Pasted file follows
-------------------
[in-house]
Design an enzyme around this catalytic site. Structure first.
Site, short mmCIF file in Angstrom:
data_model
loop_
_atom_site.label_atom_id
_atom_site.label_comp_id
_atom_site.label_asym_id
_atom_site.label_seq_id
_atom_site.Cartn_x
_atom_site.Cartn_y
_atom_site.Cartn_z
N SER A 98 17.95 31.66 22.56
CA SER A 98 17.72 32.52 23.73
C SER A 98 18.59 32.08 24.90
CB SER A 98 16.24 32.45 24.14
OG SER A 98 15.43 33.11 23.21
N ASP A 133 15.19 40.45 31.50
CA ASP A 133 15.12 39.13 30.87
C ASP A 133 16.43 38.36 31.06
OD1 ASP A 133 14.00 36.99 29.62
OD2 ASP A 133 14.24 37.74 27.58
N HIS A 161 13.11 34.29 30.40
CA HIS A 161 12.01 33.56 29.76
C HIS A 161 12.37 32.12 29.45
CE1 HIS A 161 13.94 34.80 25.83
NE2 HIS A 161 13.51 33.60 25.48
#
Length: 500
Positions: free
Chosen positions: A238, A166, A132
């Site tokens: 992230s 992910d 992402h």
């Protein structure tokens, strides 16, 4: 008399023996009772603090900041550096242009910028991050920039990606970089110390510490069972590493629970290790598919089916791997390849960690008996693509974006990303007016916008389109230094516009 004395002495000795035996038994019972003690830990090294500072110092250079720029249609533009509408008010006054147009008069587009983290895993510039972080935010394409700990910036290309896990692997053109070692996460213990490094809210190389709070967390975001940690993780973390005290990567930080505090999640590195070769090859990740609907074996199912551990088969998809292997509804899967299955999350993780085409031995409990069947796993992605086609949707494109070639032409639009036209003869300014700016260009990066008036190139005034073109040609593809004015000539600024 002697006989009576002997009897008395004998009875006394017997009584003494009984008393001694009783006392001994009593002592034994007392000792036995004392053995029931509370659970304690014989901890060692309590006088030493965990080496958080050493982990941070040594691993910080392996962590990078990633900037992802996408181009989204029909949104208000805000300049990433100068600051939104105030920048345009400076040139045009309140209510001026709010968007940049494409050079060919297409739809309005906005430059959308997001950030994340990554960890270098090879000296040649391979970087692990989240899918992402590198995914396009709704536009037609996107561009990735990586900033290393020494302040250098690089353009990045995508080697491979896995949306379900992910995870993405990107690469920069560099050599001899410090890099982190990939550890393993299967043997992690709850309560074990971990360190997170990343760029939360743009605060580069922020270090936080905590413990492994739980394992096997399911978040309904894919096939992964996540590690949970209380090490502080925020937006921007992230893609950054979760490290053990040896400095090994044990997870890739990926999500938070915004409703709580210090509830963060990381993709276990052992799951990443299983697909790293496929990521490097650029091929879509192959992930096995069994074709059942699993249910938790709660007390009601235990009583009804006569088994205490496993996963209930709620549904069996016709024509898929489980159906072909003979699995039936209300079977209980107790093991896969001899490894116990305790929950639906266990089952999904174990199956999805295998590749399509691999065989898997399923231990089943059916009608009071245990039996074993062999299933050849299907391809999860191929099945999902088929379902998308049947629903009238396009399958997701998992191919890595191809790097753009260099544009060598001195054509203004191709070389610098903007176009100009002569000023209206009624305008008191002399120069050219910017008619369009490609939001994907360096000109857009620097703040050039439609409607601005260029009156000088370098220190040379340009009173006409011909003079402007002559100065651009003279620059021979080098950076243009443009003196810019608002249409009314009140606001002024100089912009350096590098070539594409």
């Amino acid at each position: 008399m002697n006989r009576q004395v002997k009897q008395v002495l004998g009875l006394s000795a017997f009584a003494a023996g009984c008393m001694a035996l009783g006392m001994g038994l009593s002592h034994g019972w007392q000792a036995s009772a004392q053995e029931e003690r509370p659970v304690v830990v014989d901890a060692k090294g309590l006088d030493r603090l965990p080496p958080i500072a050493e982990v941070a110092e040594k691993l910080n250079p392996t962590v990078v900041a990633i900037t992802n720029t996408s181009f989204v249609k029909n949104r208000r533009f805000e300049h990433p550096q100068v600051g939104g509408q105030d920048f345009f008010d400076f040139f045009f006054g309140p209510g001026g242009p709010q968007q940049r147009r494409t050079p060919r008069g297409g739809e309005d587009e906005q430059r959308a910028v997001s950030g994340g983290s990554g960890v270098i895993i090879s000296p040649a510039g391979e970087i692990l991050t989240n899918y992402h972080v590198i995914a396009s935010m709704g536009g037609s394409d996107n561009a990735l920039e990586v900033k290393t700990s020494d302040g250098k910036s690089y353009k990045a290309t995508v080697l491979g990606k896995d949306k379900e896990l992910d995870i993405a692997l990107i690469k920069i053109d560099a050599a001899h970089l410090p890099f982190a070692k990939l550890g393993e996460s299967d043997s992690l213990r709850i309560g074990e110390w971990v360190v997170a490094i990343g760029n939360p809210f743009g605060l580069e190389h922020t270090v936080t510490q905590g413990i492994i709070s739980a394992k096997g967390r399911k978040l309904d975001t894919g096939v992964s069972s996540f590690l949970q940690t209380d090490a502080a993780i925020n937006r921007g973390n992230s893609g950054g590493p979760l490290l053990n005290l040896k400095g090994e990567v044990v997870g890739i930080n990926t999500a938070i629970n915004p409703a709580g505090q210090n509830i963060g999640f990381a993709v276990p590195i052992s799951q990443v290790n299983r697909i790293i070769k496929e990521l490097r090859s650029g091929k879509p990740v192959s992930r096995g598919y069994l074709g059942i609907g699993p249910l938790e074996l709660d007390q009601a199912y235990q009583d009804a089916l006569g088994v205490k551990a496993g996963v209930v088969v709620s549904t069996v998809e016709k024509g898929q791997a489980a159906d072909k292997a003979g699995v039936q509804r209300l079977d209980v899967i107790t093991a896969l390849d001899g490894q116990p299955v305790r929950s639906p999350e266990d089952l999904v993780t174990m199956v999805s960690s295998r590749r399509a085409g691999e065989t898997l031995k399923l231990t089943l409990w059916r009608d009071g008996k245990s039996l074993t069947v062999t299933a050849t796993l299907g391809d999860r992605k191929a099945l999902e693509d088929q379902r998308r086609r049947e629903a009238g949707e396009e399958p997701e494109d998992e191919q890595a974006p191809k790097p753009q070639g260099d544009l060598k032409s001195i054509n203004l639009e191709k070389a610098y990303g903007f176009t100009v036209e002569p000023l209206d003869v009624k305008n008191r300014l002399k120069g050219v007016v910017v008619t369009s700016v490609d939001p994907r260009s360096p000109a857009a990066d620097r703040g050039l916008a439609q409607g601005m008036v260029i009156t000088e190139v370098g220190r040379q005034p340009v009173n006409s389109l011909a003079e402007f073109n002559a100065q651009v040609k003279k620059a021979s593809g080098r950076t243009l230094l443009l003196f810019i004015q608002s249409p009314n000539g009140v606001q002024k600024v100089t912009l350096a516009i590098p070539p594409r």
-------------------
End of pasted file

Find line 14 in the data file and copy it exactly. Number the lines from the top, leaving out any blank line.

CA SER A 98 17.72 32.52 23.73